Former Egyptian PM Ahmed Shafiq left Emirates to Cairo

  • Former Egyptian PM Ahmed Shafiq left Emirates to Cairo

Former Egyptian PM Ahmed Shafiq left Emirates to Cairo

Former Egyptian premier and presidential hopeful Ahmed Shafiq has been detained for questioning upon arrival to Egypt, after he was deported from the UAE.

"Just because he announced he will run for president they deported him to Egypt and I don't know what will they do to him", she said.

"I had a meeting with Shafik an hour ago at one of the hotels in New Cairo and confirmed his health", Dina Adly wrote on Facebook on Sunday evening. "He confirmed that his health was good and that he was not subjected to any investigations", she wrote.

Shafiq, a career air force officer who served as the last prime minister under ousted autocrat Hosni Mubarak, flew to Cairo from the Emirates on Saturday, ending almost five years of exile in the Gulf Arab nation.

Sahar Aziz, an associate professor of Law at Texas A&M University, said it was likely that there was some truth to Shafik's claim that he was barred from leaving the UAE.

Shafik's whereabouts are unknown his family said hours after he left the airport, and officials did not issue any statement about his location.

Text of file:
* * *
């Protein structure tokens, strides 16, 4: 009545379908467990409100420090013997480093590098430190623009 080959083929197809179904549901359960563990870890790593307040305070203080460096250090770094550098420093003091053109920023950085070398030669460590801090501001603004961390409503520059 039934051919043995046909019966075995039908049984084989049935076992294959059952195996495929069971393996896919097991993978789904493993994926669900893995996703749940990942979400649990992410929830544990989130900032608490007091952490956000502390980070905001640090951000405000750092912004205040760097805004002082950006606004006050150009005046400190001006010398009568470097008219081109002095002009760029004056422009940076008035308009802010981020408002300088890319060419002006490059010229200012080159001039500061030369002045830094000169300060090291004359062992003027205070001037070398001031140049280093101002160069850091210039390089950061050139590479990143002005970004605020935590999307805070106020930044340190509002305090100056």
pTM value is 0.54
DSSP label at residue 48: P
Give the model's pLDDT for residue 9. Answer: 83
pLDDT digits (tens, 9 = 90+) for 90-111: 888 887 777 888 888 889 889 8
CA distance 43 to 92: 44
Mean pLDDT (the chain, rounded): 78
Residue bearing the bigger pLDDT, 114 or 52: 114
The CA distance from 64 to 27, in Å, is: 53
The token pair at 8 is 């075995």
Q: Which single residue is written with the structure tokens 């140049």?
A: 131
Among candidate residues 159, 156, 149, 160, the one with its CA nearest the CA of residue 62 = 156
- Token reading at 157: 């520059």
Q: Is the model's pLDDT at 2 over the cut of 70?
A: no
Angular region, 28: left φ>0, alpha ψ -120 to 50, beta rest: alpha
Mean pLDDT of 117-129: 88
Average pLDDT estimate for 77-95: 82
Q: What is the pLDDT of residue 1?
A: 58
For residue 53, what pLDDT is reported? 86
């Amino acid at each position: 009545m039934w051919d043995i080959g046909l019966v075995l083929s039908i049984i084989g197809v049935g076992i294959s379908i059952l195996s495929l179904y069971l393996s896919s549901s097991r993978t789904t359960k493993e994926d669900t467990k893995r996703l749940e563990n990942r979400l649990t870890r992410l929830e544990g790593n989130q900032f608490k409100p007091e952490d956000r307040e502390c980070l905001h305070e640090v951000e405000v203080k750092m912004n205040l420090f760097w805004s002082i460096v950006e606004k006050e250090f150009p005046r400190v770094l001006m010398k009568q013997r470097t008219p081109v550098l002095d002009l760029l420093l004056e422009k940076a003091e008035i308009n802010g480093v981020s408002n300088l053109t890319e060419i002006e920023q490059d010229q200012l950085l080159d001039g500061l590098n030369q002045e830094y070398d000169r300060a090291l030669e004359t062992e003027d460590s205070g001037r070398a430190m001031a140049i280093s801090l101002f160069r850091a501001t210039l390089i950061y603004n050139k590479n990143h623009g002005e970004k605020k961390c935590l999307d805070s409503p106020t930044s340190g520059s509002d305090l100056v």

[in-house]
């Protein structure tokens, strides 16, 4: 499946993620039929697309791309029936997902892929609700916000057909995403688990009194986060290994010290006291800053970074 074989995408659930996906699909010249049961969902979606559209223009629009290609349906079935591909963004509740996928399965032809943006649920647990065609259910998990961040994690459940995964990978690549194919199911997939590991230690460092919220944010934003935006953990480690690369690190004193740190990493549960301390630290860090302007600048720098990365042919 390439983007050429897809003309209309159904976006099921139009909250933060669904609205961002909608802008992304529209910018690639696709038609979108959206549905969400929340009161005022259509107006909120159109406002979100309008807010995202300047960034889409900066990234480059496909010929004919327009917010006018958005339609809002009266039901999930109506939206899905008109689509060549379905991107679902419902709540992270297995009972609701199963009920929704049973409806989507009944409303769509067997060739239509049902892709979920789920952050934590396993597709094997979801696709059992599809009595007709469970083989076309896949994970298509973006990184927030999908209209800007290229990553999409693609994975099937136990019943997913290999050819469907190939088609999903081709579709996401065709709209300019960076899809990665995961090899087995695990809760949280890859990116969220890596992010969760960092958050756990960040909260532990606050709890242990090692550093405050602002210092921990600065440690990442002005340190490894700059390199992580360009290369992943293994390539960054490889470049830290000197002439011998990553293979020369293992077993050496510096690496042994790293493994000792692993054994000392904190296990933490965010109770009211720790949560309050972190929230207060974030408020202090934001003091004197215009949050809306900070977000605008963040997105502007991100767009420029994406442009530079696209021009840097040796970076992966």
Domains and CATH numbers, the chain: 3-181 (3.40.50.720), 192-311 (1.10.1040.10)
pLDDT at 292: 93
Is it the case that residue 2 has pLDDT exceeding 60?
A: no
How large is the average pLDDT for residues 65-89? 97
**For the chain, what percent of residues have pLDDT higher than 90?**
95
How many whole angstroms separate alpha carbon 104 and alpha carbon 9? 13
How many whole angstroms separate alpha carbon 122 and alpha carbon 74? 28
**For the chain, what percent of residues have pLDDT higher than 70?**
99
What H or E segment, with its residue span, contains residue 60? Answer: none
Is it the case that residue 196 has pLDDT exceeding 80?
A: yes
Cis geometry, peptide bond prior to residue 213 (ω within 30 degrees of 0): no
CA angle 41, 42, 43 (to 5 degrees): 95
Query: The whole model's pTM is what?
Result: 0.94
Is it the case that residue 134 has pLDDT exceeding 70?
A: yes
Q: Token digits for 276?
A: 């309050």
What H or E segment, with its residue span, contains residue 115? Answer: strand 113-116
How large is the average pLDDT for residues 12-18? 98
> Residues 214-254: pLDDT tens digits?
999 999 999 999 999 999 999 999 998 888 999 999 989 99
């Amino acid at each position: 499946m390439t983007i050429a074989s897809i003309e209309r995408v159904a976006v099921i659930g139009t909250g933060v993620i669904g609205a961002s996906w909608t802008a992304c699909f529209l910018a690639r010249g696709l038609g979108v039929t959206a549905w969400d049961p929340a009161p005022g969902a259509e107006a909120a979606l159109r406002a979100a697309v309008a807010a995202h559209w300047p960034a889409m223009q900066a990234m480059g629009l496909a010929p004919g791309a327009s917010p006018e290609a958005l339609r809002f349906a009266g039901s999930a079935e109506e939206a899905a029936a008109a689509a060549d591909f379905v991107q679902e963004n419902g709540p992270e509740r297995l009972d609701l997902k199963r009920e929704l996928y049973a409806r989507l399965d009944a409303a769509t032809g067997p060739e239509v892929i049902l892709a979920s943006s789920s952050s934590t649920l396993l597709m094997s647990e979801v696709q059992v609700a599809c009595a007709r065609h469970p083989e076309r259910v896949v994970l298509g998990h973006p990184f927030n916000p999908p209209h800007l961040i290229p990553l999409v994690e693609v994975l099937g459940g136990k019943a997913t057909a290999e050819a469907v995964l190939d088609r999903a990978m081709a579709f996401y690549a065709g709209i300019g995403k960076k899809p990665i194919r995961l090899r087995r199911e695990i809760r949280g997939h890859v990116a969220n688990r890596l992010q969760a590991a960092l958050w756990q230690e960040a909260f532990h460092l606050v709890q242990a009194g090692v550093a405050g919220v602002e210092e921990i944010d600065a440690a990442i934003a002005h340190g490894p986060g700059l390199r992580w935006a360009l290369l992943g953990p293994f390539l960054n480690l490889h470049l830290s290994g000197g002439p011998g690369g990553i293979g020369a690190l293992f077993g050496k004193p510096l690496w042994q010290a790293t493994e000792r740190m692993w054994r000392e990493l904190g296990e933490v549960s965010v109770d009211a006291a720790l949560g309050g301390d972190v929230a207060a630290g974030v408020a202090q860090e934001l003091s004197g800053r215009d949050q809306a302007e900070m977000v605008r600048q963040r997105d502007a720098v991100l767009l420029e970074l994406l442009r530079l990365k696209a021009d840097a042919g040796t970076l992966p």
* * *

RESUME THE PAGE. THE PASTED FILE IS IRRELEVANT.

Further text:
An aide said he was taken by officials from his home in the UAE, put on a private plane and told he would "go back to Cairo, because they can deport him only to his home country".

According to information by sources at Cairo's International Airport, when Shafiq's plane landed almost 50 family members and his loyalists met him at the airport.

It is the chief prosecutor's prerogative to investigate the complaint and, depending on his decision, refer Shafiq to trial. "We presented him with every facility and generous hospitality despite our severe reservations about some of his positions", Gargash said.

A spokesman for Egypt's foreign ministry did not immediately answer a call seeking details. He ran in Egypt's first free elections in 2012 and lost by a narrow margin to the Islamist Mohammed Morsi of the Muslim Brotherhood before fleeing the country to escape a litany of criminal charges that could have landed him in prison.

Several other low-profile candidates have said they would run as well.

A prominent military commander, he was appointed commander of the air force in 1996 and later minister of aviation in 2002.

Two private lawyers filed legal complaints against Shafiq with the public prosecutor in Egypt because an announcement linked to his election bid had been broadcast on Qatari-based Al Jazeera. He has also been accused of "destabilizing" Egypt.

"We have no information about a deportation order", the judicial source said. He was acquitted, or had charges dropped, in several cases in the past, including for corruption.

Shafik is not the only person planning to challenge Sisi in the presidential election.

But his government is struggling to crush the insurgency in the North Sinai region and has also enacted painful austerity reforms over the previous year to revive the economy which critics say have eroded his popularity.